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CGSC 1001 (62)
Midterm

Midterm Review

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Department
Cognitive Science
Course
CGSC 1001
Professor
Deirdre Kelly
Semester
Fall

Description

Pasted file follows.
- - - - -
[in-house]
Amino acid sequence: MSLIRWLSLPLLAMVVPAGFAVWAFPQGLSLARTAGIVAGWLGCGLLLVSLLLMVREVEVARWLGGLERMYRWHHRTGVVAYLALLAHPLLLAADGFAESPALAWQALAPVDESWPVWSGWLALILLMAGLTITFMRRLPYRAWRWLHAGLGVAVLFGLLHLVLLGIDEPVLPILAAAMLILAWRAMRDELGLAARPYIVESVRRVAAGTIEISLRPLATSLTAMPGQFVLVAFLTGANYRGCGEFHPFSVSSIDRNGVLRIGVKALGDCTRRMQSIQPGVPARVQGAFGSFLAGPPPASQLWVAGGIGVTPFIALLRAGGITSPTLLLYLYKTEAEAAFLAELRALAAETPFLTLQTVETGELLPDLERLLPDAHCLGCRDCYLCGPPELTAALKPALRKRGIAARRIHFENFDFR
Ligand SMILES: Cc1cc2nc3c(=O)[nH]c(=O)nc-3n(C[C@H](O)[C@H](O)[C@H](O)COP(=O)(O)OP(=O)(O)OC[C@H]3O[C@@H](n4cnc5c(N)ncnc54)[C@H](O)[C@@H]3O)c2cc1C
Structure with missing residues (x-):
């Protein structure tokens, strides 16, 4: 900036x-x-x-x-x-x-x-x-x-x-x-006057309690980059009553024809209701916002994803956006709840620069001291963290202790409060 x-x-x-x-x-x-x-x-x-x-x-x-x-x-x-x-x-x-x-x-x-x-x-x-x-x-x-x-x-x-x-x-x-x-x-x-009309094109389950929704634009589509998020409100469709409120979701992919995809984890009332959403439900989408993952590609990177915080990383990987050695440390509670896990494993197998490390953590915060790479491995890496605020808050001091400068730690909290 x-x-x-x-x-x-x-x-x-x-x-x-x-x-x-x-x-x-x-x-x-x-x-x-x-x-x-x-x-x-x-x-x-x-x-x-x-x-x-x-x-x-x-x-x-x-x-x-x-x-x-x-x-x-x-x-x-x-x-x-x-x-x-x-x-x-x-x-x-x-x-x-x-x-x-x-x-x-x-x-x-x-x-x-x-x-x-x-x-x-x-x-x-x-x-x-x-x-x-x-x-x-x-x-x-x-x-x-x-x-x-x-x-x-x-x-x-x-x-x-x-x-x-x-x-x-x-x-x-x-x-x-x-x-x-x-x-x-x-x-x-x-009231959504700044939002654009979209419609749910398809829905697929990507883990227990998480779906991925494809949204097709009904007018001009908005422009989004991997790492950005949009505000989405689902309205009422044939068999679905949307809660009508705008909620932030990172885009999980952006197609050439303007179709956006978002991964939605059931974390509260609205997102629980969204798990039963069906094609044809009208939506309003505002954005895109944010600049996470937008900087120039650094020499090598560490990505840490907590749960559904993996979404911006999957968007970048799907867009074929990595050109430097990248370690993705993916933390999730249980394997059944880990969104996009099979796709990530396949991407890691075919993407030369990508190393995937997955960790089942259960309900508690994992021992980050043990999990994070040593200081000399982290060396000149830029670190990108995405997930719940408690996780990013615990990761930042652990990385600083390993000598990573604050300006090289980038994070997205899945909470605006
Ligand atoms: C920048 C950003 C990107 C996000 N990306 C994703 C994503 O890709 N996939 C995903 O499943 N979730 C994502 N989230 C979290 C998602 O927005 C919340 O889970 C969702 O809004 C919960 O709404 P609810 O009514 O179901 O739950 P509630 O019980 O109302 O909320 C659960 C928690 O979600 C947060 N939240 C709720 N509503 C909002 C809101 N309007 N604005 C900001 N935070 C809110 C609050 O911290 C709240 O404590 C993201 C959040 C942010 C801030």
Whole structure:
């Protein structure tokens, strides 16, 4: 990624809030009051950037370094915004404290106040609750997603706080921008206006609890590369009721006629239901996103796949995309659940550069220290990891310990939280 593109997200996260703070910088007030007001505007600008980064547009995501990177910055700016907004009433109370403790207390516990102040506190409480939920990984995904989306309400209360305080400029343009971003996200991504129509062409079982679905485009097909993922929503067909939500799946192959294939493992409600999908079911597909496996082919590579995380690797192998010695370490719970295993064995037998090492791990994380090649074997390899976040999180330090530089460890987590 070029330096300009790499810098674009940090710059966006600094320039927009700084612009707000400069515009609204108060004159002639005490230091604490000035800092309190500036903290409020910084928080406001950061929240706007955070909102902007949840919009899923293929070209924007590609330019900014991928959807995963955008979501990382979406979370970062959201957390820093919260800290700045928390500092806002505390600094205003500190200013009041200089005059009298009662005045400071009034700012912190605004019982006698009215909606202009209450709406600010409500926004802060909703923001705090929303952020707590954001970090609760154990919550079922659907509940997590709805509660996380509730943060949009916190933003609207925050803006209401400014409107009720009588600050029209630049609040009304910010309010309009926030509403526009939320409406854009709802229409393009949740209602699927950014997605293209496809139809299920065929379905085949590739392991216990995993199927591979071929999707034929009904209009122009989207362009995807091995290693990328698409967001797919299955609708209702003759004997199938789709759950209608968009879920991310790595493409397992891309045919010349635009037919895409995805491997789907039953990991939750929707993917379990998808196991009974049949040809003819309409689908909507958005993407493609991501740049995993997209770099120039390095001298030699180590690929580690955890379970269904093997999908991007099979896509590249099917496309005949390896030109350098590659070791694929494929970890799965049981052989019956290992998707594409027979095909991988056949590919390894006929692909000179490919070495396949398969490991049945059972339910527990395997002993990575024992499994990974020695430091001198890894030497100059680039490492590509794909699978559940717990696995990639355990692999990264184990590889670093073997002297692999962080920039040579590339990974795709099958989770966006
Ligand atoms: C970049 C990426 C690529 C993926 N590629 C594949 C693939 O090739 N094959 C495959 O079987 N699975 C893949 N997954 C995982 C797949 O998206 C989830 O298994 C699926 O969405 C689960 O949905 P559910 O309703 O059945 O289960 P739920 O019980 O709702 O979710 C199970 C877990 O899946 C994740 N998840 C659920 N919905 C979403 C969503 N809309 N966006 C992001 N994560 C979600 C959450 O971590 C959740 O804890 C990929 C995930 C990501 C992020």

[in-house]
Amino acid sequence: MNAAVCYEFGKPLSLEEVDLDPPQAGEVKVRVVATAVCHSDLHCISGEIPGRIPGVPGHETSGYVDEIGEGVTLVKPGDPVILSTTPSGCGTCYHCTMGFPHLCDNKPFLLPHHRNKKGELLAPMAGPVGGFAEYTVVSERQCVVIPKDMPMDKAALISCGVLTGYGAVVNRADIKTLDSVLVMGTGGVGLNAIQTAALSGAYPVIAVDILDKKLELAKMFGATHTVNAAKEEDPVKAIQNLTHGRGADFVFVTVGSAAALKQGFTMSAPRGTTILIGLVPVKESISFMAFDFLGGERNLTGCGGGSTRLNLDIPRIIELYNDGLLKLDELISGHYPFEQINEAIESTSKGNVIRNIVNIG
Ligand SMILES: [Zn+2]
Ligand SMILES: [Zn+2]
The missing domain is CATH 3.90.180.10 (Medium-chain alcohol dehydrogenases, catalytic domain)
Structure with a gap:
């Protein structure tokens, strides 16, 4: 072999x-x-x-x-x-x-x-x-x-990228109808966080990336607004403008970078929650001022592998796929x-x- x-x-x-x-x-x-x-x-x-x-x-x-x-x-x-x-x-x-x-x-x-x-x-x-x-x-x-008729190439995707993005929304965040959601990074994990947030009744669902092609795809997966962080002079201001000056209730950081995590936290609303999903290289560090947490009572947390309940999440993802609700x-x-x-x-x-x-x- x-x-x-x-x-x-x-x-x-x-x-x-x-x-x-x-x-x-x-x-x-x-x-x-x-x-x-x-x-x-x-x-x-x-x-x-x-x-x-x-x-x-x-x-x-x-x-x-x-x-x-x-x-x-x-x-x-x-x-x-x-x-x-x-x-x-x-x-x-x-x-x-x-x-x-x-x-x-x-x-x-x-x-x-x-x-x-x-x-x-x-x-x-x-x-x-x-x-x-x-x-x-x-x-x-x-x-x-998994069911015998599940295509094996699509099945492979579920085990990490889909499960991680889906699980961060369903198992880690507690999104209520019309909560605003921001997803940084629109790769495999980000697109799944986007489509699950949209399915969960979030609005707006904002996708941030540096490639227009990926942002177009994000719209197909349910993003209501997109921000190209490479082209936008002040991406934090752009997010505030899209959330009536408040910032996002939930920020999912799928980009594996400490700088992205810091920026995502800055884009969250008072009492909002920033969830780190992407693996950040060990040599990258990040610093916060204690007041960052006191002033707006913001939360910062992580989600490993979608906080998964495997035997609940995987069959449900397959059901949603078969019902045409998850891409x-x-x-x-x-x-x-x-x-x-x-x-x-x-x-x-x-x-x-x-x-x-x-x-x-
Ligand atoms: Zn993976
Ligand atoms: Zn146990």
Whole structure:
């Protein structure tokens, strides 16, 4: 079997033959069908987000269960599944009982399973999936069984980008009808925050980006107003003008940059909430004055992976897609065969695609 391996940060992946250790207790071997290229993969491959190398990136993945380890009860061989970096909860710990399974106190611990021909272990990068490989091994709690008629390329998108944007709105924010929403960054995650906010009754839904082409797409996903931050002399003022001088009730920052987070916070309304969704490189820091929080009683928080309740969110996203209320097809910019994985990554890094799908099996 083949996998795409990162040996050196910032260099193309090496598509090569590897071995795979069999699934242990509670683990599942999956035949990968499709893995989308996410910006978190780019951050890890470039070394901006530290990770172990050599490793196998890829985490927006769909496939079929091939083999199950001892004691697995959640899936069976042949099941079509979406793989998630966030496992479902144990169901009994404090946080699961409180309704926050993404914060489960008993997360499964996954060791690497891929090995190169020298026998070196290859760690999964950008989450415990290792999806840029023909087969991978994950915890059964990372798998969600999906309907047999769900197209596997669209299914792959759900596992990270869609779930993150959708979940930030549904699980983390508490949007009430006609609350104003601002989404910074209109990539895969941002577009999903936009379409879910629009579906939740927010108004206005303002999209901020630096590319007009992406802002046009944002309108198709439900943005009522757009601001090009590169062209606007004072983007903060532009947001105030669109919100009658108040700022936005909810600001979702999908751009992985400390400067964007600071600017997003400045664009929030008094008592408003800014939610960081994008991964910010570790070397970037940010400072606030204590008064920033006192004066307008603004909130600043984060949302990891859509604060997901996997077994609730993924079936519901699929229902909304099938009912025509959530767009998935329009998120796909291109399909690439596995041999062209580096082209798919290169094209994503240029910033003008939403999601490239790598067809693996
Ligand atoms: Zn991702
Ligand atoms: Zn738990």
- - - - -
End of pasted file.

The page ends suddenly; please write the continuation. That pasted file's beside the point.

MIDTERM #2 Evolution of the mind Evolution: - The change in the inheritance characteristics of biological populations over successive generations Natural Selection: 1. More offspring are produced then can possibly survive 2. Traits vary among individuals, leading to differential rates of survival and reproduction, and 3. Trait differences are inheritable Genetic Mutation and Shift - Ex. hippo and whale or Darwin’s Finches - Hominin line as early as 7.2 million years ago (2001) THE ACCIDENTAL MIND Evolutionary psychology’s Tenets 1. The brain is a computer designed by natural selection to extract information from the environment. 2. Individual human behaviour is generated by this evolved computer in response to information it extracts from the environment 3. The cognitive programs of the human brain are adaptations. They exist because the produced behaviour in our ancestors that enabled then to survive and reproduce. 4. The cognitive programs of the human brain may not be adaptive now; they were adaptive in ancestral environments 5. Natural selection ensures that the brain in composed of many different special purpose programs and not a domain general architecture. 6. Describing the evolved computational architecture of our brains “allows a systematic understanding of cultural and social phenomena” Modularity - The notion that mind may, at least in part, be composed of separate innate structures which have established evolutionarily developed functional purposes - Ex. in favour- organs, computational, poverty of stimulus 1. Biological systems are designed systems constructed incrementally 2. Such systems, when complex, need to have massively modular organization 3. The human mind is a biological system and is complex 4. So the human mind will be massively modularly in its organization Functions of Emotions - Positive emotions motivate to take advantage of the environment - Negative emotions motivate to avoid misfortune - Emotions help to correspond to different adaptive challenges Nesse and Ellsworth - Emotions are cued to particular scenarios and we learn to be affected by particular ways through classical and operant conditioning - Ex. fear of snakes Emotion Appraisal Theory 1. Novelty and environmental changes 2. Intrinsic pleasantness/ unpleasantness 3. Goal obstacles or facilitators 4. Unpredictability 5. Agency (event caused by self, other, or circumstances) 6. Controllability 7. Compatibility with social norms or personal values Prisoners Dilemma Pathology - Depression vs. sadness - Sadness o Over a loss o One time event o Ends if what is lost is restored - Depression o Unable to achieve goal o If one has to continue striving for the goal and it cannot be abandons then I become pathological Memetics Culture - Full range of learned human behaviour patterns - Divided into 3 parts o Body of traditions for you particular society o Subculture: in complex, diverse societies people often bring their original culture o Culture universals: learned behaviour patterns shared by humans Levinson, 2005 - We need to see culture as part of nature - Ratchet culture: the ability to build up even more complex cultural and technological skills over generations - Memes: Cultural replicators (Dawkins) which can be transmitted through teaching across generations WASPAND FIG AND WASP ANALOGY Biology affects culture - Development of opposable thumbs - Vocal adaptation - Brain evolution Does culture affect biology? - Cooking - Clothing - Mate selection - Domestication Genes vs. Memes Mind, Magic and Superstition Religions - Contain recurrent theme o Gods that are alive and have have minds but have no bodies o Dead ancestors still have influence over the living - how do we explain the persistent belief in God, supernatural, magic, and other superstitions? - Morality does not require religion- people still have morals without a belief in god. - Law of Contagion = law of similarity Morality - Categorization of intentions, decisions and actions into good or bad - Code of conduct that all understand the govern their behaviour after How do we determine the difference between good and bad? - Tradition - Majority preference - Law - Power Moral reasoning is a form of logical reasoning MORAL REASONING - Experience and
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